The Dallas Cowboys could have the NFC East and home-field advantage throughout the playoffs locked up before they take on the Detroit Lions next Monday night.
All that needs to happen is for the New York Giants to lose to the Philadelphia Eagles on Thursday night. The Cowboys, of course, control their own destiny and would lock up the top-seed and division with a win in either of the final two games.
But Cowboys owner Jerry Jones isn’t thinking that far ahead.
Jones is only focused on winning right now and isn’t going to fall into the debate whether to rest healthy starters in possibly meaningless games down the stretch. That subject came up a earlier this month and the Cowboys proceeded to lose to the Giants on Dec. 11.
“You know that talk was back before the Giant [game] and you might have even drifted over there a little bit,” Jones said on Monday as he promoted a Feb. 25 boxing match between Miguel Cotto and James Kirkland at the Ford Center.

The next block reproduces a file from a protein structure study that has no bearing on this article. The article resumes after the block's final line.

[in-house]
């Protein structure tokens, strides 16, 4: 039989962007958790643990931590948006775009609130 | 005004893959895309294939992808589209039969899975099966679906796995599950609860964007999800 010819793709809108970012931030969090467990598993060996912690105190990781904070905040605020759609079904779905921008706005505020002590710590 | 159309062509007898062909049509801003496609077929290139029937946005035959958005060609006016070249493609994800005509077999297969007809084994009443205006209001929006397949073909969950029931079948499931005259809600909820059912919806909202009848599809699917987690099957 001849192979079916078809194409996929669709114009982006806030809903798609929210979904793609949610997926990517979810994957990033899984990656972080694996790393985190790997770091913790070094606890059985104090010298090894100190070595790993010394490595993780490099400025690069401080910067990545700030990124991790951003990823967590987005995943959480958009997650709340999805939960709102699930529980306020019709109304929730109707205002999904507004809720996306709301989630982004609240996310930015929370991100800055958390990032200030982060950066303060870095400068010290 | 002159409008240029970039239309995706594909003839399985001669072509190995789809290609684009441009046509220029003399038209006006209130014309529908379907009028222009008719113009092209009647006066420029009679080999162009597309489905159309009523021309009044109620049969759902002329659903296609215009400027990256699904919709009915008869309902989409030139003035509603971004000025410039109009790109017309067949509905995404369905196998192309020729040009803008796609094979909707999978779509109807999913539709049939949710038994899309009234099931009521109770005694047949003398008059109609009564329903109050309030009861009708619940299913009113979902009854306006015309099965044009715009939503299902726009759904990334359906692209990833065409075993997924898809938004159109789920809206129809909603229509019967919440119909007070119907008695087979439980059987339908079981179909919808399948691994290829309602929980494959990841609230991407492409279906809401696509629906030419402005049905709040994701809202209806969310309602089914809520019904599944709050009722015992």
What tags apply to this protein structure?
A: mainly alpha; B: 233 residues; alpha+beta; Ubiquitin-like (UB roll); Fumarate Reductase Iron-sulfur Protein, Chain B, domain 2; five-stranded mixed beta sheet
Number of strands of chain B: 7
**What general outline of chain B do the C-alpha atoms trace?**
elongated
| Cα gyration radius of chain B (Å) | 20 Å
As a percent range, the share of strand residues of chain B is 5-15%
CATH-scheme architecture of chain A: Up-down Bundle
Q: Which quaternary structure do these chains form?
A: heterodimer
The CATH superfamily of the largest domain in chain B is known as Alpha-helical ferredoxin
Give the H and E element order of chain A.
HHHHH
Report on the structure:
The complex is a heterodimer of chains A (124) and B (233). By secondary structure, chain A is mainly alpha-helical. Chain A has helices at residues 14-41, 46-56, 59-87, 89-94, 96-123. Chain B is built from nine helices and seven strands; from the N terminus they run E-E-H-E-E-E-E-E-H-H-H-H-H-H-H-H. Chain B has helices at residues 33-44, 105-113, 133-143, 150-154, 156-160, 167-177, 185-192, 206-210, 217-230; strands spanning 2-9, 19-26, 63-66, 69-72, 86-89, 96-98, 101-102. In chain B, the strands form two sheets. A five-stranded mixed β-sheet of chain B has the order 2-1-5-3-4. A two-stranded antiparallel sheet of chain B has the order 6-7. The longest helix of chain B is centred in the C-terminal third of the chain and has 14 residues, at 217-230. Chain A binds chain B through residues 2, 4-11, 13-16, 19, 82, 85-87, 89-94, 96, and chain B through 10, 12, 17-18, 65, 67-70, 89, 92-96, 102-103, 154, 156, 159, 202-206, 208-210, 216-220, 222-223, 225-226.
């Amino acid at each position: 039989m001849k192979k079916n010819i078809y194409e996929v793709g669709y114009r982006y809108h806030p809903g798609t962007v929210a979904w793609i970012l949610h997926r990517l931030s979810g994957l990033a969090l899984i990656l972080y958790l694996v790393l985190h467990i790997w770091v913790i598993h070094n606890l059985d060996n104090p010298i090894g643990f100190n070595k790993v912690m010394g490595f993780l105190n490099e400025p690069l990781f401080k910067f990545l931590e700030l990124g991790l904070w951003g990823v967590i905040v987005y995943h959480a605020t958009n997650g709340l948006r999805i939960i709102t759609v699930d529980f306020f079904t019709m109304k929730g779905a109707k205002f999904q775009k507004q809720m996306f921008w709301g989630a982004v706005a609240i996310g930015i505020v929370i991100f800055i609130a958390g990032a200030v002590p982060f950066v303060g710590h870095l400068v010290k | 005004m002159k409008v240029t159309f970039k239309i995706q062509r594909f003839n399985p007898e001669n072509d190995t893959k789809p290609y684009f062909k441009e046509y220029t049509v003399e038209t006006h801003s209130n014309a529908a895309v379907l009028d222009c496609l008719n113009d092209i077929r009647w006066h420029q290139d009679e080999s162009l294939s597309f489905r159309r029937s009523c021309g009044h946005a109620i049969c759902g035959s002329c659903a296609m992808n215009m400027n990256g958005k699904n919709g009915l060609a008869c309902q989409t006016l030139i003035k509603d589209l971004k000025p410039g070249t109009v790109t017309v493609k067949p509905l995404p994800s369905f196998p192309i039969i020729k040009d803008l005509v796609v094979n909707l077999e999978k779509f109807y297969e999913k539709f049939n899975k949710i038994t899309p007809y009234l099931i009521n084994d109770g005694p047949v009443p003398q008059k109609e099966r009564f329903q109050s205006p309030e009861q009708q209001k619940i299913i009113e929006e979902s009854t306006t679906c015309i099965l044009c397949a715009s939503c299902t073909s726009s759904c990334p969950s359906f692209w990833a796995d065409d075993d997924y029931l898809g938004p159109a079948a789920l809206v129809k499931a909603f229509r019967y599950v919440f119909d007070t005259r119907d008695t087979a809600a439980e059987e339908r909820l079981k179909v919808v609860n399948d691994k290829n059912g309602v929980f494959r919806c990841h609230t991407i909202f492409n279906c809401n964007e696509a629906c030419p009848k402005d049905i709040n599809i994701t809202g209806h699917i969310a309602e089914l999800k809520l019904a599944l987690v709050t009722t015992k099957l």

“After that Giant thing, it really sobers you up and it did for the team and everybody else. I don’t want to even think about what we’re doing or not doing the last game consequential or not.
“We’ve got to get this thing [wrapped up], we’ve got to get it in here, and I think the Giants just really made you more aware that a lot of slips could happen here after you’ve got a record like that. You want to take advantage of it and you should have as many advantages as you can. That’s a big edge. Those byes, home field and all that.”
It’s been nine years since the Cowboys last had home-field advantage and that 2007 team fell to the Giants in the divisional round. In 2014, the Cowboys played their healthy starters most of the regular-season finale in a 44-17 victory over the Washington Redskins and then defeated the Detroit Lions the following week at home in the wild-card round.
The Cowboys could find themselves debating what to do the final two games, walking a fine line between risking unnecessary injuries and staying fresh for a playoff run.
There are other circumstances, too, such as possibly giving running back Ezekiel Elliott a chance to break Eric Dickerson’s rookie rushing record of 1,808 yards set in 1983. Elliott must average 129 yards the final to games to break the 33-year-old record.
For now, though, Jones is having a must-win view for the final two games.
“We’ve got to be ready to beat Philadelphia [in the regular-season finale] as we sit here right today,” Jones said. “And, if we can, take care of business here this weekend.”